Many people are facing onerous obligations as the executor of the Estate of a loved one. These duties and responsibilities do not cease because of lockdown restrictions, and those acting as executors or trustees of estates or family trusts must understand what they must do, and what can be done at this exceptional time.
In recent years, there has been an increase in the number of beneficiaries bringing claims against executors for breach of their duties. Given the current challenging financial climate, recipients are potentially even more likely to bring an application if they feel an executor has failed in their obligations. Here we provide a brief outline of executors’ duties and how these may be impacted by the Coronavirus pandemic.
At this time, it will inevitably be more challenging for executors and trustees to carry out their duties properly. However, they must endeavour to do so. Executors must give sufficient time to ensure that they meet any deadlines, for example, paying tax. It is also essential to be aware that both the Courts and HMRC are experiencing significant delays at the moment, and as such, should plan accordingly.
An essential duty of the executor is to maximise and protect the value of the Estate. Even during the COVID-19 outbreak, the executor must take steps to secure the estate property. For example, removing valuables from any unoccupied property and letting the deceased's insurers know that the property is now empty.
Again, the challenging financial climate means that beneficiaries may be concerned about the performance of any investments that form part of the Estate. If you are an executor, you should maintain regular communication with beneficiaries, and ensure you fully understand your duties concerning any investments forming part of the Estate. You may wish to seek professional advice concerning investments to minimise risk.
Executors must actively keep on top of accounting matters, and if a beneficiary requests information, they must respond promptly.
Confirmation is a court document that gives executors authority to access money or other property that belonged to the deceased for example, from the bank, and to administer and distribute it. To obtain Confirmation, the executor must lodge an application with the Sheriff Court. Unfortunately, the sheriff courts are currently experiencing delays as a result of COVID-19. The cessation of much of sheriff court business, alongside a rise in deaths as a direct result to COVID-19, could mean significant delays to the winding up of the Estate of a loved one.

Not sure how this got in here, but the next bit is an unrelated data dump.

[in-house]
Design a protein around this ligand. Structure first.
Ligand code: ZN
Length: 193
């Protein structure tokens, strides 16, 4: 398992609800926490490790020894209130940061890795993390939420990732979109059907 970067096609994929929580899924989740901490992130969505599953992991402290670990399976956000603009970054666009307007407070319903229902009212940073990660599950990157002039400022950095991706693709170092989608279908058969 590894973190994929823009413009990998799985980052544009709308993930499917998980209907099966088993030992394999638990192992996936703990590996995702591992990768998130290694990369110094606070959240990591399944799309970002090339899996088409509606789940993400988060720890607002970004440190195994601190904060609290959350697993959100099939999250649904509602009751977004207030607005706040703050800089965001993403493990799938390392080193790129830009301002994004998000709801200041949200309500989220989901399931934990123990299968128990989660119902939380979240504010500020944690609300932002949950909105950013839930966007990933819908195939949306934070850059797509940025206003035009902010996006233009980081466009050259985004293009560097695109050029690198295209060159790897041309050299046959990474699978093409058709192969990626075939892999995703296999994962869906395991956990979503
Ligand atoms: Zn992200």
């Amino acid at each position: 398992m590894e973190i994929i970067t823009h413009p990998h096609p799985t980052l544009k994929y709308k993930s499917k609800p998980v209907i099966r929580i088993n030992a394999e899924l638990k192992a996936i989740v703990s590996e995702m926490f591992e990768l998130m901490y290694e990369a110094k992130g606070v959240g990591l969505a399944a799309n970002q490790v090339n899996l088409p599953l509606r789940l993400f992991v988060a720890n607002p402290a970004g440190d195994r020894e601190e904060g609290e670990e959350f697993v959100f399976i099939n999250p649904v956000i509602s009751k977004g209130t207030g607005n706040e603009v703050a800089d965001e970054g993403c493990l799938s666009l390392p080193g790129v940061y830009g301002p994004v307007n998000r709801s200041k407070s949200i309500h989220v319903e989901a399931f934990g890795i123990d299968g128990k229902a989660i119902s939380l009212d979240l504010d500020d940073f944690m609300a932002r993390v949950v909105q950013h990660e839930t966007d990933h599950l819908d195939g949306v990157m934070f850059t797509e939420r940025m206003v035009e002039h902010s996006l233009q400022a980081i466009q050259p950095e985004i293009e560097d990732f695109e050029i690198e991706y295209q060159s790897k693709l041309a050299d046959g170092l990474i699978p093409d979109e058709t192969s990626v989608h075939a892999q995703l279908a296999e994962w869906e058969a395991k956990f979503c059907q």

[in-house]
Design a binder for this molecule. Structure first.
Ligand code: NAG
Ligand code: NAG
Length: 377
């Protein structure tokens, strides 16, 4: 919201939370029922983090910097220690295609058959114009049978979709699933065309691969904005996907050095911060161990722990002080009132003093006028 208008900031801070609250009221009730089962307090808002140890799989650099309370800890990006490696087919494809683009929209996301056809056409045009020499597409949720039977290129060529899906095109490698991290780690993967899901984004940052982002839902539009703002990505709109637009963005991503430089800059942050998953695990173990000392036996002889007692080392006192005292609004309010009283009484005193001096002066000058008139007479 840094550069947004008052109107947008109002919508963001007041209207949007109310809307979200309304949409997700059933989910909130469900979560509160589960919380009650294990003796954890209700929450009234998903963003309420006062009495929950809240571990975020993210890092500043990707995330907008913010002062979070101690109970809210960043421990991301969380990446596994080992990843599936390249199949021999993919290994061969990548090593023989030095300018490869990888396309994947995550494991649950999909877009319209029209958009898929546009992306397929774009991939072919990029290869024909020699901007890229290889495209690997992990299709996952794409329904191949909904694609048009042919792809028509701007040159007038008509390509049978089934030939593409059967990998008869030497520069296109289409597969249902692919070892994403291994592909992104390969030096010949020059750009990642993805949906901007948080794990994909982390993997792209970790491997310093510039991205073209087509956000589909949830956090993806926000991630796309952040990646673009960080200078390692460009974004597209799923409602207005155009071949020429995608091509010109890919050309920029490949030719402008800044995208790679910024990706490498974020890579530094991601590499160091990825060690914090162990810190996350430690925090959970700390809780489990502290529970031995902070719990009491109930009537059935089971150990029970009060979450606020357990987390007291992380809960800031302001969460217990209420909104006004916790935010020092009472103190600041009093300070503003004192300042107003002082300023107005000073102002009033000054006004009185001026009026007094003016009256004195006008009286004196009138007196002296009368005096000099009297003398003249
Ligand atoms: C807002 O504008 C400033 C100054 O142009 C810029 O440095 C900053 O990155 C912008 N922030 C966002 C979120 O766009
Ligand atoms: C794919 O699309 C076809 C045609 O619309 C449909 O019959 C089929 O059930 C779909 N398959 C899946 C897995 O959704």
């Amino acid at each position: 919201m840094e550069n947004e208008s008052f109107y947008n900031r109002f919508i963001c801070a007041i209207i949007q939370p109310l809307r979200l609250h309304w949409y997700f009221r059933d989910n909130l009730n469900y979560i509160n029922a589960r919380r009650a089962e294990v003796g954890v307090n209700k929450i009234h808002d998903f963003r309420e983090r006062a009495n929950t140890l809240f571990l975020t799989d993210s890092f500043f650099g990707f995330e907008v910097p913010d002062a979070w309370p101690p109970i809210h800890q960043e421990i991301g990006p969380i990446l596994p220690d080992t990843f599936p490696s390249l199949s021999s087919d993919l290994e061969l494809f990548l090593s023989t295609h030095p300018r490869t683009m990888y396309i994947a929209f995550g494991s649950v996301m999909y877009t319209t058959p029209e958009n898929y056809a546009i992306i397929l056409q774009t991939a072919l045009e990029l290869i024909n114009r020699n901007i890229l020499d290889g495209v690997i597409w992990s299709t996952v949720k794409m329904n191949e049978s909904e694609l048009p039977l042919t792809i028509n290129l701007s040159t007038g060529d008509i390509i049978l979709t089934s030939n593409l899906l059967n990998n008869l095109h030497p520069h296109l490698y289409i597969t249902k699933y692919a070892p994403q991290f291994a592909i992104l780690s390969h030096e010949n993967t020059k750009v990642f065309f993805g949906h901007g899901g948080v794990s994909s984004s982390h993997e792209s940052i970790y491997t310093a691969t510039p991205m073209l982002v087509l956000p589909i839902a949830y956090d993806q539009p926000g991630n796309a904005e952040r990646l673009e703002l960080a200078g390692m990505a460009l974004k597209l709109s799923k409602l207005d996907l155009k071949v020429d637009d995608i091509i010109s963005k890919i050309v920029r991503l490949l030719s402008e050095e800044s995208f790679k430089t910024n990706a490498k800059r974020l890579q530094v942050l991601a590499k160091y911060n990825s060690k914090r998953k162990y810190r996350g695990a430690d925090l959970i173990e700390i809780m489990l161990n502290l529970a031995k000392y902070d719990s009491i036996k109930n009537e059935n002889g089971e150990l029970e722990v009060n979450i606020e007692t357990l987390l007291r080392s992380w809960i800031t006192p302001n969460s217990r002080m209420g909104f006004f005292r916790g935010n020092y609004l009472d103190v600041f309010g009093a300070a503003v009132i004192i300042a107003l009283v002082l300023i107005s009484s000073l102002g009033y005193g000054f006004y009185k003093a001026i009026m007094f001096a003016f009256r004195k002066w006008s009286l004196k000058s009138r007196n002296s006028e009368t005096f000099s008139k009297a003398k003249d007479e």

A significant part of the legal work involved in executry administration can and indeed should still proceed, even with restrictions in place. We can help you with completing an inventory of all of the assets of the Estate, including property, land, money and bank accounts, shares and investments, valuable items, insurance policies and pensions, as well as any debts or liabilities of the Estate. Cases will be heard in the sheriff court in the order they are filed. This means that the earlier you submit an application for Confirmation, the sooner your Confirmation will be granted. We can help you to proceed with the administration of an estate to ensure the Estate can be wound up in a reasonable timeframe.
You can find out more about our executry services here.
At Murray Beith Murray, we are committed to providing a high-quality service during these unfamiliar times. If you would like to discuss any of the issues covered here, or if you require assistance with any other Wills, Estate Planning, Power of Attorney or Trusts matter, please complete our contact form or call us on 0131 341 3741 .
Our personal, attentive service coupled with sage, astute and commercially-minded guidance, allows us to build long-term, ongoing relationships with our clients, helping them to protect assets throughout generations. Our highly personal service reflects our culture, which is centred on integrity and trust, and the expert guidance we provide has been designed to be an investment, not an expense.